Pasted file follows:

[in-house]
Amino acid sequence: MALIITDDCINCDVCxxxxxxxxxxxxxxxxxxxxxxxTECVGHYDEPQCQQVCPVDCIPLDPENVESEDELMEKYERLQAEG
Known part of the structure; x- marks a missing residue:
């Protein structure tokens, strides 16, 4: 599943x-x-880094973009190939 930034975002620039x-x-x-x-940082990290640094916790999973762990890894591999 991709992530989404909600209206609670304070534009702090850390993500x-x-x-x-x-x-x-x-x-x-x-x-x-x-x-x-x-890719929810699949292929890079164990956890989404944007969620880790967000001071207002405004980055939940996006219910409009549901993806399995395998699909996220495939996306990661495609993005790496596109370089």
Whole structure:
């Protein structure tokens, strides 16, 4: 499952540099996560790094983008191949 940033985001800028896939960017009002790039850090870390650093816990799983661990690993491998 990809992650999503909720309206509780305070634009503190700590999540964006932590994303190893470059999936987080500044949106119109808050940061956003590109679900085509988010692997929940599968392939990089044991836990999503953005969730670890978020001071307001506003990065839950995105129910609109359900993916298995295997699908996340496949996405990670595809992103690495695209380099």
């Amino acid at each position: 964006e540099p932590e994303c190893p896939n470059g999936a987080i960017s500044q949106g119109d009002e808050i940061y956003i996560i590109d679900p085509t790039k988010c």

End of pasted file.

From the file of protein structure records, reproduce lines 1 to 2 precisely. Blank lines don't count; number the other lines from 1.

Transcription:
[in-house]
Amino acid sequence: MALIITDDCINCDVCxxxxxxxxxxxxxxxxxxxxxxxTECVGHYDEPQCQQVCPVDCIPLDPENVESEDELMEKYERLQAEG